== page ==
How DNA and genetic genealogy helped catch one of the world’s most notorious murderers, the Golden State Killer

Joseph James DeAngelo Jr. listens to victim impact statements at the Gordon D. Schaber Sacramento County Courthouse. Credit: Santiago Mejia/San Francisco Chronicle
Joseph James DeAngelo Jr. listens to victim impact statements at the Gordon D. Schaber Sacramento County Courthouse. Credit: Santiago Mejia/San Francisco Chronicle

The dramatic arrest in 2018 of Joseph James DeAngelo Jr. was all the more astounding because of how detectives said they caught the elusive Golden State Killer — by harnessing genetic technology already in use by millions of consumers to trace their family trees.

But the DNA-matching effort that caught one of America’s most notorious serial killers was more extensive than previously disclosed and involved covert searches of private DNA housed by two for-profit companies despite privacy policies, according to interviews and court discovery records accessed by The Times.

Follow the latest news and policy debates on agricultural biotech and biomedicine? Subscribe to our newsletter.

Even before these new revelations, the use of consumer databases to catch this serial killer sparked ethical debates as it unleashed a wave of efforts by other cold-case teams across the U.S. to use similar means to identify violent criminals. As a result, most major consumer genealogical database companies created barriers against law enforcement access, the U.S. Justice Department adopted interim restrictions for the use of such databases, and Maryland considered legislation to limit law enforcement’s use of them.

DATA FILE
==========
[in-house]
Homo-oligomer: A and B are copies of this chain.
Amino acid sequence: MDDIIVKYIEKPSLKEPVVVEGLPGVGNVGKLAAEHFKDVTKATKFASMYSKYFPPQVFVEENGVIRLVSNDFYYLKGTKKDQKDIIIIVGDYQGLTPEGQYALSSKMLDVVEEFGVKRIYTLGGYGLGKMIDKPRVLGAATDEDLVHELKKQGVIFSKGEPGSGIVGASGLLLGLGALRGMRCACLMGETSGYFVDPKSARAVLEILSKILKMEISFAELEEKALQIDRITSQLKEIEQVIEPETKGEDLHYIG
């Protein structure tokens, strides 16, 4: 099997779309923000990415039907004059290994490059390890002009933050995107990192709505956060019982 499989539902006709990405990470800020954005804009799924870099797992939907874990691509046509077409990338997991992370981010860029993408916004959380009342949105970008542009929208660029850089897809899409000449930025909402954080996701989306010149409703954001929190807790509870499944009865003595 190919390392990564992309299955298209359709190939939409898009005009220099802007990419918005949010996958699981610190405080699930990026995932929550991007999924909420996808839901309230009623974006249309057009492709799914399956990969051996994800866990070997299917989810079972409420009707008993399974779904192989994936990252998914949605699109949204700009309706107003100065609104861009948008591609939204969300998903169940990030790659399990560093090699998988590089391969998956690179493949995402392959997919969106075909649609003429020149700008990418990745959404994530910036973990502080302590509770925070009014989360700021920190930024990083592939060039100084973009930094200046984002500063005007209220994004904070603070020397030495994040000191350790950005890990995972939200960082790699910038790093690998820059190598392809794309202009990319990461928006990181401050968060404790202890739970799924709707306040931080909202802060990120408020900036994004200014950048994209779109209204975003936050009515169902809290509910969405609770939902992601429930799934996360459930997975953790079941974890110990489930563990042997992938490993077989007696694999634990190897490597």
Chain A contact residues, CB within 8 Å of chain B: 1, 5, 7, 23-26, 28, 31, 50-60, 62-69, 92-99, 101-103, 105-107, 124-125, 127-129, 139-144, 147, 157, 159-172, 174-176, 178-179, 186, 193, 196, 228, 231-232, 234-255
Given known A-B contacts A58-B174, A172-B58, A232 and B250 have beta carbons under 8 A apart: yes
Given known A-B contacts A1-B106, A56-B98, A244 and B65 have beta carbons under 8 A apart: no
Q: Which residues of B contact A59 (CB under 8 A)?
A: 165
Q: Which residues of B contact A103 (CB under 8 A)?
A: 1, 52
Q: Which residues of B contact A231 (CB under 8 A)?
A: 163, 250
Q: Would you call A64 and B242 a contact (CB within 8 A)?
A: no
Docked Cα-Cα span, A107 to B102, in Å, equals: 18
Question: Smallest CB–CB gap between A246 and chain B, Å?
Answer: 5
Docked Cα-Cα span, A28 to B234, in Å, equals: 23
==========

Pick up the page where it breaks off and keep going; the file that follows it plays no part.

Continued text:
Related article:  Should we have laws to protect our genetic privacy? DNA testing companies don't think so

DeAngelo, 75, pleaded guilty before going to trial. He is serving 26 life sentences in a California prison. And the legality of investigative genealogy, still relatively new, has not faced serious legal challenges.

Read the original post

Outbreak
Outbreak Daily Digest
Biotech Facts & Fallacies
Genetics Unzipped
Infographic: How dangerous COVID mutant strains develop

Infographic: How dangerous COVID mutant strains develop

Sometime in 2019, probably in China, SARS CoV-2 figured out a way to interact with a specific "spike" on the ...
Untitled

Philip Njemanze: Leading African anti-GMO activist claims Gates Foundation destroying Nigeria

Nigerian anti-GMO activist, physician, and inventor pushes anti-gay and anti-GMO ...
News on human & agricultural genetics and biotechnology delivered to your inbox.
glp menu logo outlined

Newsletter Subscription

Optional. Mail on special occasions.
Send this to a friend